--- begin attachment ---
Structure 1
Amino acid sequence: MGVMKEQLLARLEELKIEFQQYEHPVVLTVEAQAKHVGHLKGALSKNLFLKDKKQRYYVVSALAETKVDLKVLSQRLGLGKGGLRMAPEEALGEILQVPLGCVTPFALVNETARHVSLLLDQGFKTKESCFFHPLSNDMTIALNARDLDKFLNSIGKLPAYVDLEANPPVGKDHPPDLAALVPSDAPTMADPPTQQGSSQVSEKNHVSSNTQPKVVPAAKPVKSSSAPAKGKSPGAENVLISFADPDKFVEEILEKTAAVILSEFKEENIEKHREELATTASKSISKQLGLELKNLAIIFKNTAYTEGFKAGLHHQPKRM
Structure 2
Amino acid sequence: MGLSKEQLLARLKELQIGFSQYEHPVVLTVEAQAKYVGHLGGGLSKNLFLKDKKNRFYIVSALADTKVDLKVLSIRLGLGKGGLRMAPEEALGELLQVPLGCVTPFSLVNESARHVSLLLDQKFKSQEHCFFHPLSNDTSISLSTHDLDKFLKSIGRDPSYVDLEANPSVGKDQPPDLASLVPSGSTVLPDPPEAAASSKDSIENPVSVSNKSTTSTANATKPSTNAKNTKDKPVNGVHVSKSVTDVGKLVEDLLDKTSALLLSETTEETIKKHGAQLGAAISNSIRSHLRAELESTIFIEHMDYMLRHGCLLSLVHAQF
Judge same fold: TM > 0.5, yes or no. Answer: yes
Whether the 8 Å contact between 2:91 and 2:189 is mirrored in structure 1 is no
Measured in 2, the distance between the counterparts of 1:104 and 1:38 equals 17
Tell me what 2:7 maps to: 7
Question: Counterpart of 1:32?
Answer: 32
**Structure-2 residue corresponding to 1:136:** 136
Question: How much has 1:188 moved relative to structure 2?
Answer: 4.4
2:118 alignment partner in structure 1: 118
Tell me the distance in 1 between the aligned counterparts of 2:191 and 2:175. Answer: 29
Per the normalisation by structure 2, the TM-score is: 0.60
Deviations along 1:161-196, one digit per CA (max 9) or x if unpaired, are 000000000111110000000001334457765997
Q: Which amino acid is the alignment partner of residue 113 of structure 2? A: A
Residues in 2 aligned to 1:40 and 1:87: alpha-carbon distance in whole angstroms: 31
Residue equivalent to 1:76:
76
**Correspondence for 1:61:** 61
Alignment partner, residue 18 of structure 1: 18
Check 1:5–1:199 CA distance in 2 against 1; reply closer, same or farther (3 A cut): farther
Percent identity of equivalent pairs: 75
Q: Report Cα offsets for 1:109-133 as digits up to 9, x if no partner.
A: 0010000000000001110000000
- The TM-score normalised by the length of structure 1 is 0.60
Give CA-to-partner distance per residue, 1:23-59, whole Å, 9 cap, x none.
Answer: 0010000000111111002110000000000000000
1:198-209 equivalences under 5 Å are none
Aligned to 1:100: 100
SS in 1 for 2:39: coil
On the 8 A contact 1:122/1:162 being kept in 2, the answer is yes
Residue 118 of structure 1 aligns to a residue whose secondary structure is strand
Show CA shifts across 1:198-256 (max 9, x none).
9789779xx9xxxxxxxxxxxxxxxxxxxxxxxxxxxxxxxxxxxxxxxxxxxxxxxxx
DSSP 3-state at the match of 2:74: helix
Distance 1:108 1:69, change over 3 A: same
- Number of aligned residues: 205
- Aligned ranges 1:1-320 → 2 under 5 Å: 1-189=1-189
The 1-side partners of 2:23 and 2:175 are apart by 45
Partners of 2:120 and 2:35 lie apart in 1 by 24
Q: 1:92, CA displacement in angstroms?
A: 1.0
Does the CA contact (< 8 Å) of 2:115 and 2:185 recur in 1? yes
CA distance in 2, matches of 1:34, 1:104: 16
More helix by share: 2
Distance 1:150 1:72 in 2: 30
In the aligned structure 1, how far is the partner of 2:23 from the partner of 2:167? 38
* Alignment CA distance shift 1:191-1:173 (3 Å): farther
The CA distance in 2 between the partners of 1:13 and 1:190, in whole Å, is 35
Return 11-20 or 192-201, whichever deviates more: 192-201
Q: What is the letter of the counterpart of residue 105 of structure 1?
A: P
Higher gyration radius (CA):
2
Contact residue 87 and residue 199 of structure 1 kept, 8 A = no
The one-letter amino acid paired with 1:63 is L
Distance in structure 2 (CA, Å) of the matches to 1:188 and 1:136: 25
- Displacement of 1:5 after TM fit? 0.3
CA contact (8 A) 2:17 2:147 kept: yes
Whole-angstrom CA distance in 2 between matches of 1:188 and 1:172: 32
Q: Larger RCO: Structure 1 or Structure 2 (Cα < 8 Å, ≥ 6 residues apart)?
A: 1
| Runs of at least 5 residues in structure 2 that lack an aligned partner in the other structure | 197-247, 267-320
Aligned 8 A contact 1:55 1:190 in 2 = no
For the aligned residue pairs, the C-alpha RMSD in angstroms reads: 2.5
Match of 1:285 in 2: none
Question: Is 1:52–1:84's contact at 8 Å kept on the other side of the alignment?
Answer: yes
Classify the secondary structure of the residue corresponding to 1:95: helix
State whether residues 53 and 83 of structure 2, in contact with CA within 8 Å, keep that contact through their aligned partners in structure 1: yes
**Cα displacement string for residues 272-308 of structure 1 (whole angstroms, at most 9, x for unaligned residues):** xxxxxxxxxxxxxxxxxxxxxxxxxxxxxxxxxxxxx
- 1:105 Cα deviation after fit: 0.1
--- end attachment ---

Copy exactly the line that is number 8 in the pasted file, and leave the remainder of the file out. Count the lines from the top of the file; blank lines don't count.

Tell me what 2:7 maps to: 7